“Therapists only see kids for 45 minutes to one hour each week, so changes need to occur in the family environment for them to be durable and lasting. By focusing on the family as a unit with this new center, we have a much better chance of making a difference,” Ula said.

As a family who are committed to give together and making a difference together, they have a deep understanding of the importance of the ‘family unit.’ Together, they made the inspiring decision to invest a sizeable donation that helped get the center off the ground.

For David, “Being on the board gives a lot of insight into the governance of any organization. JF&CS … is very well-run and solid, based in governance. It’s one of the corner stones of ensuring that you are good stewards of other peoples’ money – to be able to ensure that the money is well-spent, and you get the biggest bang for your buck,” he said.

The family has primarily focused their efforts and funds on fighting anti-Semitism around the world and investing in innovative social and entrepreneurial projects that serve diverse underserved populations. This past year, the American Jewish Committee honored Merle and David with the Distinguished Advocate Award for their global work.

“David is always on to us that we need to give locally as well and make an impact globally. This is a way for us to give as a family locally and make a difference,” said Merle. “Although it has the name ‘Jewish Family & Career Services,’ I believe that JF&CS is the most incredible example of what Jewish people offer to the wider community.”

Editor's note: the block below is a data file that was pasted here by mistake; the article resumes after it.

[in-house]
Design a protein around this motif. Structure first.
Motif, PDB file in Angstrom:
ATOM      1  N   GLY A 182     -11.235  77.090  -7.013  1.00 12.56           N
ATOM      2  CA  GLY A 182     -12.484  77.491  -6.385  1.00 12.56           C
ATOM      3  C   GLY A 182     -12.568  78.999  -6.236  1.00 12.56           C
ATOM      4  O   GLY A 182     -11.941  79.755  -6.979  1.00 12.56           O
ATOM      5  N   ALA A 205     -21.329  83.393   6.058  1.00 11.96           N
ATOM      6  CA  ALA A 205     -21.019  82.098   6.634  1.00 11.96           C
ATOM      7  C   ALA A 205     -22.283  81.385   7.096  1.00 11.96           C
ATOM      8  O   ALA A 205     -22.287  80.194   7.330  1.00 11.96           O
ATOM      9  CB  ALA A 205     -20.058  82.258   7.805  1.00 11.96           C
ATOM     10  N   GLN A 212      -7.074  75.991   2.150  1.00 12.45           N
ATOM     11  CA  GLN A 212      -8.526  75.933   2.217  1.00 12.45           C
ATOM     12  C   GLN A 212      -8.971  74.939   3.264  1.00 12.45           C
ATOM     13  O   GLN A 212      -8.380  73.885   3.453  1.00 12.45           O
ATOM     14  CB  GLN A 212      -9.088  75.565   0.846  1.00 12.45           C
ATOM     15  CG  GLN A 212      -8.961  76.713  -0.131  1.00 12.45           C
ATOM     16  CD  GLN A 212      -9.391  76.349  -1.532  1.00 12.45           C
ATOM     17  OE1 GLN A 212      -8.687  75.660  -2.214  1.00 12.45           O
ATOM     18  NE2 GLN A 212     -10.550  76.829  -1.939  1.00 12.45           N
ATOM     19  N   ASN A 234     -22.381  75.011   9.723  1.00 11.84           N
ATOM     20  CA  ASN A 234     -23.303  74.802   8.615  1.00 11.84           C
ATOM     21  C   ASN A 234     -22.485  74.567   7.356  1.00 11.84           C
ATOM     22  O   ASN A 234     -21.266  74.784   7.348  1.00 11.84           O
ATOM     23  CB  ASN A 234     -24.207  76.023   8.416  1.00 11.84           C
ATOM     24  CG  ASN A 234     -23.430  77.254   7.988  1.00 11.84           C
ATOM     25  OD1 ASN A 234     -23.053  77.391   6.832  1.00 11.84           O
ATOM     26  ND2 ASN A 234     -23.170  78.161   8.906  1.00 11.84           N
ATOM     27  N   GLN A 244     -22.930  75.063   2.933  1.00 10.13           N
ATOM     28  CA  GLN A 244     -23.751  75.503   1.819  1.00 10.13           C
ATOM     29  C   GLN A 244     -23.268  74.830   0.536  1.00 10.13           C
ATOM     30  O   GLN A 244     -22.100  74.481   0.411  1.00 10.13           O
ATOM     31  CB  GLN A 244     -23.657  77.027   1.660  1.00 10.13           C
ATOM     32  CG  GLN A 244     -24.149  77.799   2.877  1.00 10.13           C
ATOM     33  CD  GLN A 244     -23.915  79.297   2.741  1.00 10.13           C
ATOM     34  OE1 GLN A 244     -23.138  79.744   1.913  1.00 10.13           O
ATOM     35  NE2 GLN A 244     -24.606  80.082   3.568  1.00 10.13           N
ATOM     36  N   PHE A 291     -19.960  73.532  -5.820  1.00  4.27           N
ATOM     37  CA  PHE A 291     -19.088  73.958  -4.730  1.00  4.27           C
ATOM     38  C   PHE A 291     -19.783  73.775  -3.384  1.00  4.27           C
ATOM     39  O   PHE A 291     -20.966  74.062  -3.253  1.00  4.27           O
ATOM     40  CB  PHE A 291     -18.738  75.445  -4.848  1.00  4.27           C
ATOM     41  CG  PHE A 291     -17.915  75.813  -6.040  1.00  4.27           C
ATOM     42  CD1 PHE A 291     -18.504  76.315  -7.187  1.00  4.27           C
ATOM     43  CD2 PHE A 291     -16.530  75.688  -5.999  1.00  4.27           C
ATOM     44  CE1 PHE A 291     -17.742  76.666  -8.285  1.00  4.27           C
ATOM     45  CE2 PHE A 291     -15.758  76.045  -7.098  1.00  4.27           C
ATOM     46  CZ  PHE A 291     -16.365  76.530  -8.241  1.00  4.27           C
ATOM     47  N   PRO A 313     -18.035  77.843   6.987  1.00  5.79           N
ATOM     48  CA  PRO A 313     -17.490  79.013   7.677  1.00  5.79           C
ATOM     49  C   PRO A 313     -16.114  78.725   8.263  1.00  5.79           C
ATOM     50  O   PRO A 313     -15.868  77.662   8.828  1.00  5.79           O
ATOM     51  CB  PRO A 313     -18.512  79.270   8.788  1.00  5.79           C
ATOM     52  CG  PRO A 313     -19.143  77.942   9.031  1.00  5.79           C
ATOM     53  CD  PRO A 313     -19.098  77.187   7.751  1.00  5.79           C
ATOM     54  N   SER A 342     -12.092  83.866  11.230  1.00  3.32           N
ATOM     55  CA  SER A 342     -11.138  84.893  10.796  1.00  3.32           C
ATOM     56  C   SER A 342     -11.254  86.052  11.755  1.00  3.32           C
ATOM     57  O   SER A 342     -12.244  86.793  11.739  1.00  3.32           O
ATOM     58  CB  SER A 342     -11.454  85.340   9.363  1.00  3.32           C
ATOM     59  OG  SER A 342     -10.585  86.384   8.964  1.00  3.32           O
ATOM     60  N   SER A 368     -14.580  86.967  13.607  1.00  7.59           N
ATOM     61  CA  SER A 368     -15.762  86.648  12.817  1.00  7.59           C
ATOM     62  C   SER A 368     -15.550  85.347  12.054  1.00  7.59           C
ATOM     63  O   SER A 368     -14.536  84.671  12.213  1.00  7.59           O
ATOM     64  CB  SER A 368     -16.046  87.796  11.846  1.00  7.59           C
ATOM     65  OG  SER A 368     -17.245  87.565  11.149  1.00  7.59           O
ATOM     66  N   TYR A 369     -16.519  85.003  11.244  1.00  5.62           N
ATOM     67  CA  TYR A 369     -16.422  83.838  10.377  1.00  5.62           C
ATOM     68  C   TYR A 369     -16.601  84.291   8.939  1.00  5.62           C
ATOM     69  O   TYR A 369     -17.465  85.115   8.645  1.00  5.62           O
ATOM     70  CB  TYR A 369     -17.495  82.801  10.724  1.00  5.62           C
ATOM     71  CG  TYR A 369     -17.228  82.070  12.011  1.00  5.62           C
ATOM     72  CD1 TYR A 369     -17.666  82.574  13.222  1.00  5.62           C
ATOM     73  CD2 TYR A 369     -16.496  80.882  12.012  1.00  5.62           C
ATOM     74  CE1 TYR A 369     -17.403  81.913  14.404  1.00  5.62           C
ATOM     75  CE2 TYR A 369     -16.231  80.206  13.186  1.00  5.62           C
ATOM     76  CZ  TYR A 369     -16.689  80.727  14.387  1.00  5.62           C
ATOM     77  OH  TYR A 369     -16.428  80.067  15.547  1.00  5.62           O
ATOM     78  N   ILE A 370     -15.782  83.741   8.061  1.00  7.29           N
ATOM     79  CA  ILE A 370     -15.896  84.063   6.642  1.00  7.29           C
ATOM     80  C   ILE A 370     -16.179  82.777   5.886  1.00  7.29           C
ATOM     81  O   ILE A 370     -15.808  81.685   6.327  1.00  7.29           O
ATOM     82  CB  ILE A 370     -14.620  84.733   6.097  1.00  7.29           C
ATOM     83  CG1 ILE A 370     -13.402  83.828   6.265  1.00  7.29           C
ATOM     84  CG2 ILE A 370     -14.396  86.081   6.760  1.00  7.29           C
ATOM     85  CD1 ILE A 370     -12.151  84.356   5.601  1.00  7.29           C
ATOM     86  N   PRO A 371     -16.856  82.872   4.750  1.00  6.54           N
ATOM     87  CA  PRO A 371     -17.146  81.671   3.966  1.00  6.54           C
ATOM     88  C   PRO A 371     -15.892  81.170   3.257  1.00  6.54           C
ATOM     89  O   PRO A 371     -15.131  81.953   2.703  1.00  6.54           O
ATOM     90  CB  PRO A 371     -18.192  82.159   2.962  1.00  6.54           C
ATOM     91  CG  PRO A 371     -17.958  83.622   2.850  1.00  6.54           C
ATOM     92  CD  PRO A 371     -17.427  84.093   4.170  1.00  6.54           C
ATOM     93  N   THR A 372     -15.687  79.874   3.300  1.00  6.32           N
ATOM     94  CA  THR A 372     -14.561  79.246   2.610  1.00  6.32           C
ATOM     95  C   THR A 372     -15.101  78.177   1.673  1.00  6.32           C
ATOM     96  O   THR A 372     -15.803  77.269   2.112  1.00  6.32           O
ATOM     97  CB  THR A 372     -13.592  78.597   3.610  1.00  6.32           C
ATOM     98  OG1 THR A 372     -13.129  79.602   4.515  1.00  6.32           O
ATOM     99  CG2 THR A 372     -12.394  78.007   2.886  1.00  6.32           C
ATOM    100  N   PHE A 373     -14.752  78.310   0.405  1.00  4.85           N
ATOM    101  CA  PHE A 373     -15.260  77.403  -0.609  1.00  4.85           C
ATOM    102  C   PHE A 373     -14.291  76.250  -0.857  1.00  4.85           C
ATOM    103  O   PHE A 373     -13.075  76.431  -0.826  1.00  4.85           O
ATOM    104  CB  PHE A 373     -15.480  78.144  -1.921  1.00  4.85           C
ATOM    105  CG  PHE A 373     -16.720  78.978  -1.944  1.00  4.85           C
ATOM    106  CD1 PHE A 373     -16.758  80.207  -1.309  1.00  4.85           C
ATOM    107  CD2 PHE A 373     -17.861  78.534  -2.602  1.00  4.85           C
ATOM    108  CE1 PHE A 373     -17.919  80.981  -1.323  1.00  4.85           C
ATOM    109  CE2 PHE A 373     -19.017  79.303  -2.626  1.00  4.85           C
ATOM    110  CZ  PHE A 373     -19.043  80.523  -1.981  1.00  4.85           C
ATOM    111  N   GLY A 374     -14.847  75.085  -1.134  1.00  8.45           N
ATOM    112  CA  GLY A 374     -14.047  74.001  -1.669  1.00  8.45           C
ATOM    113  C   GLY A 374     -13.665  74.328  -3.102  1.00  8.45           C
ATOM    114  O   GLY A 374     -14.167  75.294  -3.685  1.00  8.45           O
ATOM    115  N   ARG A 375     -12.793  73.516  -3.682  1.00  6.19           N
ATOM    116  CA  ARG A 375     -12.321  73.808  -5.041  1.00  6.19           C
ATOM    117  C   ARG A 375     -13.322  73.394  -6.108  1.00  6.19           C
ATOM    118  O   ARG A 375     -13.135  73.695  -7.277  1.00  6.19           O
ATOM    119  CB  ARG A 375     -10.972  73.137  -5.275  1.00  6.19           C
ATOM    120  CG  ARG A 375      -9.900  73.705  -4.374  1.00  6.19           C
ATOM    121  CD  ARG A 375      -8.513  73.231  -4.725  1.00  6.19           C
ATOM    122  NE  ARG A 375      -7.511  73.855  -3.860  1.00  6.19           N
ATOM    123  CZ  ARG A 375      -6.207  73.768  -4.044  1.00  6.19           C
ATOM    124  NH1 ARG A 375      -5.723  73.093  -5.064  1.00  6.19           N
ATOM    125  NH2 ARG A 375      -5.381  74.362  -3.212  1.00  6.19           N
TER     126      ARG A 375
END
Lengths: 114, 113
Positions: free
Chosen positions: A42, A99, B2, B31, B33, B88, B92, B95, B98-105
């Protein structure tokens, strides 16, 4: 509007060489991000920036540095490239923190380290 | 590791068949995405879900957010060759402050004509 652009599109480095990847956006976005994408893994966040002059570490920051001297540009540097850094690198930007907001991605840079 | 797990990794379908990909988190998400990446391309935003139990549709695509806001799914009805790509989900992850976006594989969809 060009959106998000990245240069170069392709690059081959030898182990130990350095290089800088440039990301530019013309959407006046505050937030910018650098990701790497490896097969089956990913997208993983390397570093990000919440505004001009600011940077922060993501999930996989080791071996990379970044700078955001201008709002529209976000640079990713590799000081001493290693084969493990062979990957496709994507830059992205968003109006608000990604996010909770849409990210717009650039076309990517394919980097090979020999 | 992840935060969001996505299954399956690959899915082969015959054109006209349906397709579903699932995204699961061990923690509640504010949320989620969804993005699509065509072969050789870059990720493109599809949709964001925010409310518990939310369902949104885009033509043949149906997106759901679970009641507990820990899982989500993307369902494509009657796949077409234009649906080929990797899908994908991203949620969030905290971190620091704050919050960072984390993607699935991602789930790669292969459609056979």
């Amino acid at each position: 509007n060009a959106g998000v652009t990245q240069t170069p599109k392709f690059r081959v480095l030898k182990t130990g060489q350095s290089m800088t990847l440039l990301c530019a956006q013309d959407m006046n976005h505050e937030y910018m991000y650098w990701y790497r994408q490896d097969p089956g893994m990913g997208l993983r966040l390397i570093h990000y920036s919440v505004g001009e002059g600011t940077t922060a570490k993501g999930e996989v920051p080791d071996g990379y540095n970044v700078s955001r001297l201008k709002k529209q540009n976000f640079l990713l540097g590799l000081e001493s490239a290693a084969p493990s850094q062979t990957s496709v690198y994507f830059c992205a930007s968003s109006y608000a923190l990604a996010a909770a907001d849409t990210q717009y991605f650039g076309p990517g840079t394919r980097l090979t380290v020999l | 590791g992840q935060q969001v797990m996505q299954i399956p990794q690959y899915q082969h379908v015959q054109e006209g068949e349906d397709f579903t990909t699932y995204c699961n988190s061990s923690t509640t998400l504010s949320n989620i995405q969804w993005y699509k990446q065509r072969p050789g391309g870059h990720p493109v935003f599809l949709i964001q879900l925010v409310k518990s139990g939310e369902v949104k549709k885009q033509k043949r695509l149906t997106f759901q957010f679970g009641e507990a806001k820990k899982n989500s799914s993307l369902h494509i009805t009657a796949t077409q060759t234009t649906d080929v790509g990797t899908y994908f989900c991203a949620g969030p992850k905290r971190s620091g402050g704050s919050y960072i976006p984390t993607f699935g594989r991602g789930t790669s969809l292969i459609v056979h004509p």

On August 18, 2021, JF&CS announced the launch of the new Horwitz Zusman Child & Family Center – dedicated to serving children, adolescents, and families in Georgia. The new Center will focus on enhancing mental health through strengthening and building resilience in families and youth across the developmental continuum.

“JF&CS is spearheading a tremendous center to build community resilience, but it takes a village to support it and to implement it,” added Ula. “The more people, the more adjunct programs, the more capacity we can build, the greater our reach can be. So, we would encourage people to join and to participate and to augment the services that we are putting in place.”

To learn more about how to support the new Horwitz Zusman Child & Family Center, please contact Jessica Katz Yonatan at jyonatan@jfcsatl.org or 770.677.9364.